The Port Washington Board of Education convened on Feb. 6 to begin their discussion on the 2018-19 budget for the upcoming year and adopt the 2018-19 school calendar that will include new holidays like Diwali and Eid.
The budget discussion originally started at the last Budget and Facilities Committee meeting in January where a preliminary budget was drawn up based on previous discussions. Superintendent of Schools Dr. Kathleen Mooney reminded community members that the board will discuss the budget through April, with adjustments being made accordingly, and the community will have the opportunity to vote on the budget on May 15.
“The budget that was provided to the subcommittee of the board showed an increase,” said Assistant Superintendent of Business Mary Callahan. “I have to stress that a vast majority of that increase had to do with health insurance and pension cost increases over which the district has no control when it comes to budgeting. Health insurance as we all know is extremely expensive and the increase this year was approximately nine percent higher than it was last year. Pensions are based on how well the stock market does and I was somewhat surprised to see that the teacher pension system did go up by almost 11 percent over last year.”
The draft budget totaled $156,127,424. Health insurance saw an increase of $1,919,000 while pensions had an increase of $846,700. Other increases were seen in technology, which increased by $328,000, and salaries which increased by $1,242,000, making the total budget increase $4,900,000 and 3.24 percent.
“[With the levy limit] we are compressed to stay within the certain increase as allowed by law unless the district wants to exercise the option to go for a super majority which Port Washington has not yet ever felt the need to do,” said Callahan. “We have been able to live within the levy limit as prescribed by law. In order to determine where we are and how we’re going to get to the final number, we have to look at the revenues we anticipate in the next year and then look at the formula the state gives us which says how much more we are allowed to tax folks and between the revenues we anticipate and the amount we’re allowed to tax, we come up with a number that is generally lower than what our budget increase will be and we call that the gap. Between now and April we work to reduce our anticipated expenditures or increase our revenue and, in school districts, it’s very difficult to increase the revenue because a majority of the revenue comes from state aid.”
The draft budget detailed that the levy limit totaled $137,067,801 and district revenues totaled $17,529,040, leaving a gap of $1,530,583.
“My intention for the next board meeting is to bring information about the reserves, the monies we do have available to us and talk about the levy limit a little more,” said Callahan.
Due to the draft budget’s preliminary nature, not included in the draft budget was a list of staff recommendations by Mooney.
“I took a very ambitious proposed staffing list and I drilled it down to what I believe are the priorities, but we might have to prioritize it even further,” said Mooney. “These are all primarily positions based on student need and staff size. We have a 1.2 special education teacher at Salem. That 0.2 position really does need to be full time for next year based on the students there. At this time I am recommending one elementary teacher position for the sixth grade at Weber. Now at sixth grade, Weber will be receiving quite a large cohort.”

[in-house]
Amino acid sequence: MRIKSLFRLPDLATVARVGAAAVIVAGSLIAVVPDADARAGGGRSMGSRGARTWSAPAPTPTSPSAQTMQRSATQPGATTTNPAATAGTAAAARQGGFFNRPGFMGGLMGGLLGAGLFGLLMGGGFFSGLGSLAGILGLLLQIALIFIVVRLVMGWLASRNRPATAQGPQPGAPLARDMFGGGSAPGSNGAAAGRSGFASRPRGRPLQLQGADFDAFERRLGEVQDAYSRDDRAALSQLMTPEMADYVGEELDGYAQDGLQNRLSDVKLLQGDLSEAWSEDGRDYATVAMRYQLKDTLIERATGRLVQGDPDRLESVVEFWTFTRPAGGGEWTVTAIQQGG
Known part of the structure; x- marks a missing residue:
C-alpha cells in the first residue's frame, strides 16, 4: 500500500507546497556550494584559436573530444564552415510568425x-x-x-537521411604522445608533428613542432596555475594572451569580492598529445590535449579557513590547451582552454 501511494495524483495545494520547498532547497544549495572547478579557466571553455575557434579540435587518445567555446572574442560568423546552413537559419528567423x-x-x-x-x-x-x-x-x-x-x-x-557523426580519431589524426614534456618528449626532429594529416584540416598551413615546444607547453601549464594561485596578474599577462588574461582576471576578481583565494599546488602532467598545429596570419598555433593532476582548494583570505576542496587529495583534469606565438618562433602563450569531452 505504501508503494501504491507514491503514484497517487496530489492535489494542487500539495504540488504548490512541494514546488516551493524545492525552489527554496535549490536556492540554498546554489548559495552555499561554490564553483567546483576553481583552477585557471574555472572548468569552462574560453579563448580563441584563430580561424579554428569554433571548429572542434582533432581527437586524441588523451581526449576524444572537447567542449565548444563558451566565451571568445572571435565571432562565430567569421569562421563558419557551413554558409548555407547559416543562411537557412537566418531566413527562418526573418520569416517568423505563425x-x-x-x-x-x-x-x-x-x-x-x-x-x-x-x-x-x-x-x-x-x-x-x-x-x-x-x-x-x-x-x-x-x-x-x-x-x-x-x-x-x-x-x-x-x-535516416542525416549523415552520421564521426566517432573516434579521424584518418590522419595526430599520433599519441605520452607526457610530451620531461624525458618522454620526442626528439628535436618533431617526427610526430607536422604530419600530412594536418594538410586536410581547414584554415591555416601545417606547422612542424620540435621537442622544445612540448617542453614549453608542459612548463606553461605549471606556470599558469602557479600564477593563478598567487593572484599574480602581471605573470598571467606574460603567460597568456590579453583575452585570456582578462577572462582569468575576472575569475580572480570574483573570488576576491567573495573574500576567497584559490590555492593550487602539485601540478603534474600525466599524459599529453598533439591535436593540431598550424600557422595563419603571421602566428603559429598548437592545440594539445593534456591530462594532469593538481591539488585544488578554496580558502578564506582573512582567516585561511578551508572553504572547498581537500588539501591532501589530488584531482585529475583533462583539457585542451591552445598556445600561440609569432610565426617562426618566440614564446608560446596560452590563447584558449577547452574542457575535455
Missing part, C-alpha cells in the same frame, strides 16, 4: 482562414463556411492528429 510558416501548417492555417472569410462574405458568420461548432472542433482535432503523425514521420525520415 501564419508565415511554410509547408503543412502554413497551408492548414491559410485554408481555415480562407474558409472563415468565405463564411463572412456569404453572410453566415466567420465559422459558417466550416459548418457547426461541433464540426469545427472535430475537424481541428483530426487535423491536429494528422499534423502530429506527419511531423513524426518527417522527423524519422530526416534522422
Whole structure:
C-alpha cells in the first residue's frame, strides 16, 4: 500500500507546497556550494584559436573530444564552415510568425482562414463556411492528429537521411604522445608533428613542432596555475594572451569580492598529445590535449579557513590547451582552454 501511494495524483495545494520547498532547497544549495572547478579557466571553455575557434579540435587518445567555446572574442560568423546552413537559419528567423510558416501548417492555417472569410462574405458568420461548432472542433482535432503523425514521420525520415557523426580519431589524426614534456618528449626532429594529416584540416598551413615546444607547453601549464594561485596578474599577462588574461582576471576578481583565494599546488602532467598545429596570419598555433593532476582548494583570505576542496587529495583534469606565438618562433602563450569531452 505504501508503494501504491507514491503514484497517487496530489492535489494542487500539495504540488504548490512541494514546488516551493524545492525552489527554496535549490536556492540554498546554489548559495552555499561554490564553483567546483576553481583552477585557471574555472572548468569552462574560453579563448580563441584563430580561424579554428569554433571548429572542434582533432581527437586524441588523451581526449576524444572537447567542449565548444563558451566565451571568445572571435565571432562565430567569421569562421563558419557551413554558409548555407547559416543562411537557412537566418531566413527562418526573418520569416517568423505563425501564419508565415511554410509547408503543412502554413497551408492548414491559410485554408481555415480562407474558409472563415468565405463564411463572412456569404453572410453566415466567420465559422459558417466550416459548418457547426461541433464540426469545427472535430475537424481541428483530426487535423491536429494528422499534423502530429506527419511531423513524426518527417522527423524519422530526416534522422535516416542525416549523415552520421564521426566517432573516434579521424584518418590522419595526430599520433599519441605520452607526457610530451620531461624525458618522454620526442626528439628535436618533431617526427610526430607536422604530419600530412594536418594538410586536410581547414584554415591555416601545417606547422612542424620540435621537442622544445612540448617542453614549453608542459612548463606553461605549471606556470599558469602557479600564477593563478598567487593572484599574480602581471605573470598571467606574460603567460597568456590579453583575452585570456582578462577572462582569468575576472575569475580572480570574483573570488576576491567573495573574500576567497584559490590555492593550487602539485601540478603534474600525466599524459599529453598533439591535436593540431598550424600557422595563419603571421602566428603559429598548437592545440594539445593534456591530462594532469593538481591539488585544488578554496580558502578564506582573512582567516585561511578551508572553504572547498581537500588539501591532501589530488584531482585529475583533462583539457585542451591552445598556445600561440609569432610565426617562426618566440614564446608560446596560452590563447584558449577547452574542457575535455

Along with a full-time special education teacher and sixth grade teacher, Mooney recommended a full-time Weber health/physical education teacher, a 0.4 part-time Weber world language teacher, a full-time social studies teacher at Schreiber, a full-time math teacher at Schreiber and the potential required budgeting for a full-time bilingual kindergarten teacher. Also recommended were an administrator for literacy in grades three through six and a districtwide facilities and grounds worker. The total expected cost of these additional staff members was $881,106.
The budget was not the only focus of the night as the 2018-19 school calendar was unanimously approved by the board. The New York State Department of Education decided that June 26 would be the last day of classes statewide, giving the Port school district greater flexibility. In order to accommodate new holidays the board wished to add to the calendar, three superintendent conference days were rearranged throughout the school year. On superintendent conference days, faculty must report, but students do not. Nov. 6 was added as a superintendent conference day to allow students who celebrate Diwali to spend time with their families, Feb. 5 was added as a conference day for Lunar New Year and June 4 was added as a conference day for Eid.
“I just want to point out that it’s not on the calendar those holidays, but none of our religious holidays are on the calendar,” said Mooney. “Even Rosh Hashanah and Yom Kippur are on the calendar as recess days.”
After the calendar was approved, President of the Board of Education Karen Sloan addressed an email from a community member regarding the board’s decision.
“This community member was very unhappy that we were going to include these holidays in our calendar and it was a very negative and nasty email,” said Sloan. “What I want to speak to is the idea the community member had that this board and administration are a group of weak-minded individuals and we are only changing this because we are following other schools. It’s important to state that that had absolutely no bearing on what we are doing, we don’t just follow people like lemmings and we actually embrace our community and embrace the rich diversity of our community. I just wish we had done it sooner.”
The next Board of Education meeting is Feb. 27 at 8 p.m. in the Schreiber library.